NEW ORLEANS – Eugene Sonnier II recently asked the Louisiana Supreme Court to review a case related to ownership of the remains of and burial plot for his son, Eugene Sonnier III, who died in 2013 while serving in the United States Air Force.
Judge Marc T. Amy of the State of Louisiana Court of Appeal, Third Circuit upheld a ruling made by the 15th Judicial District Court, dismissing the lawsuit filed by Sonnier II.
“Seeking to challenge the decisions of the lower courts, Mr. Sonnier has applied for a supervisory writ application to the Supreme Court of Louisiana (a writ application is technically not an appeal…the Supreme Court has discretion as to whether it will consider the writ application),” Troy A. Broussard, of Allen & Gooch, told the Louisiana Record.
Broussard is the attorney for the Catholic Foundation for the Diocese of Lafayette, which was named as a defendant in Sonnier II’s initial lawsuit, as well as the Society of the Roman Catholic Church of the Diocese of Lafayette and the Congregation of St. Genevieve Roman Catholic Church.
“We are currently waiting on the Supreme Court’s response to the writ application,” Broussard said.
In Sonnier II’s original lawsuit, which was filed against the Catholic Foundation of the Diocese of Lafayette and Sonnier III’s mother, Norlet Pierre, Sonnier II alleged that “the defendants interfered with his right to direct the disposition of his son’s remains as designated by his son and as reflected by a military form.” He alleged that, by virtue of the designation, the cemetery plot in which his son was buried, as well as the two adjacent plots should be titled solely in his name.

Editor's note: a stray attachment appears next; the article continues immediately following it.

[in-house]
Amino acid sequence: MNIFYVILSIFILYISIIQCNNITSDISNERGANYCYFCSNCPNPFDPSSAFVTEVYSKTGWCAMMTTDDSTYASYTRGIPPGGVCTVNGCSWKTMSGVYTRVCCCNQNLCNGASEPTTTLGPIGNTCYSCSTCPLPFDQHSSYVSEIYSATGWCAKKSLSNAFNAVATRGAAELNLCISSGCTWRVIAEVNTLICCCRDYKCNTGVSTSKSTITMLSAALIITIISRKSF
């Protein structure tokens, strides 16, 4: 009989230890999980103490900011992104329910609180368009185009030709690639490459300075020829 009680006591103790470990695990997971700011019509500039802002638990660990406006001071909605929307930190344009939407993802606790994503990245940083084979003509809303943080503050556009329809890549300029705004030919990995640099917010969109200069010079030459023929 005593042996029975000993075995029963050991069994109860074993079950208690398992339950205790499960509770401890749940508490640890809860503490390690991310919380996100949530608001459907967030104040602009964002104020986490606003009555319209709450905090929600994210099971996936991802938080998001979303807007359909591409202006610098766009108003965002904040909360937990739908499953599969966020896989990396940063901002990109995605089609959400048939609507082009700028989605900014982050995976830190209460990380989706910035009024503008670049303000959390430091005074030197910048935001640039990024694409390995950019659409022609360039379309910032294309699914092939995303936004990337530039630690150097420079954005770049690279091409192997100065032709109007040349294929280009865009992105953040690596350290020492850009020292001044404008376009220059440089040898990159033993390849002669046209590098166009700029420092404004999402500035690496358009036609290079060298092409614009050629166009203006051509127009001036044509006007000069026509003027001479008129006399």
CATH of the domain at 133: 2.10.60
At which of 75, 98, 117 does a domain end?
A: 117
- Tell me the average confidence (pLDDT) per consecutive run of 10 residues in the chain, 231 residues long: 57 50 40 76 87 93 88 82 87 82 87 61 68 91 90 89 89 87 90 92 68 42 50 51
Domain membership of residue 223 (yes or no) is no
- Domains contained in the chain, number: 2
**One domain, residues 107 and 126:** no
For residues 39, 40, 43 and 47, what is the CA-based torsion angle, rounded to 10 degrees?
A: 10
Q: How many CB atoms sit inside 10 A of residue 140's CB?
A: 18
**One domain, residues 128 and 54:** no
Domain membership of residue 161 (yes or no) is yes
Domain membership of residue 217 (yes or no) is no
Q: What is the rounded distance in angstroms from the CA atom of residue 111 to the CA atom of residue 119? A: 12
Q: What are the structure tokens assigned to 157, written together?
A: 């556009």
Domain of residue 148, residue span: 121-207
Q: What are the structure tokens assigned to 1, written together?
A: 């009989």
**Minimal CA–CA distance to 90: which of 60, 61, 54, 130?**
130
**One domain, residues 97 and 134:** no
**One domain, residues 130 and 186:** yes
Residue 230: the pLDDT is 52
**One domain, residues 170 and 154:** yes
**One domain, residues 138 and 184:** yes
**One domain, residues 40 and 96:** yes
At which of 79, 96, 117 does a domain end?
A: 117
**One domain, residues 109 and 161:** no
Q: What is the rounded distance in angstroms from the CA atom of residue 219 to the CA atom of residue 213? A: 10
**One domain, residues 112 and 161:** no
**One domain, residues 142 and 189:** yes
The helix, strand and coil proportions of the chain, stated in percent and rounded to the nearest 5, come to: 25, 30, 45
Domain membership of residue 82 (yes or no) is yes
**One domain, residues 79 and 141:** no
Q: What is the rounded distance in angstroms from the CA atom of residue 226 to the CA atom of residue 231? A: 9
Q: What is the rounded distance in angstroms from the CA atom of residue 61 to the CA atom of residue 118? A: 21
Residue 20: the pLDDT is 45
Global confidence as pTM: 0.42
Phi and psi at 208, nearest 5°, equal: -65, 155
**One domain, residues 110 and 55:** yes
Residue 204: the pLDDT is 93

Upon learning of Sonnier II’s and Pierre’s dispute over the ownership of the title, the diocese said the vice president of St. Genevieve Roman Catholic Church “determined that the initial titling of the plot in Sonnier’s name only was in error, and he directed the cemetery staff to issue a corrected title in Sonnier and Pierre’s names, jointly.”
Sonnier II also alleged that the two plots adjacent to his son’s burial site “were improperly given to Mrs. Pierre because they were procured in a deceptive fashion.” Sonnier II said Pierre knew that Sonnier planned to purchase the plots, but did so herself, despite Sonnier II’s alleged right to exclusively control Sonnier III’s interment.
Barring a judgment declaring that Pierre is not the owner of the plots in question, Sonnier II asked the lower court for permission to remove his son’s remains and move them to another cemetery. The appeals court said the facts presented by Sonnier II did not merit removal of Sonnier III’s remains to another location.
In response to Sonnier II’s initial lawsuit, the diocese filed an “exception of no cause of action,” noting that Sonnier II did not allege that it owned or managed the cemetery, and suggesting that the cemetery’s owner, St. Genevieve Roman Catholic Church, should have been named as a defendant.
“I am not at liberty to discuss the details of the case while it is pending other than to note what is reflected in the suit record, which is that Mr. Sonnier’s lawsuit was dismissed with prejudice by the trial court, and that decision was affirmed by the 3d Circuit Court of Appeal,” Broussard said.
Sonnier II’s attorney, Harold Register Jr., did not respond to a request for comment on the case.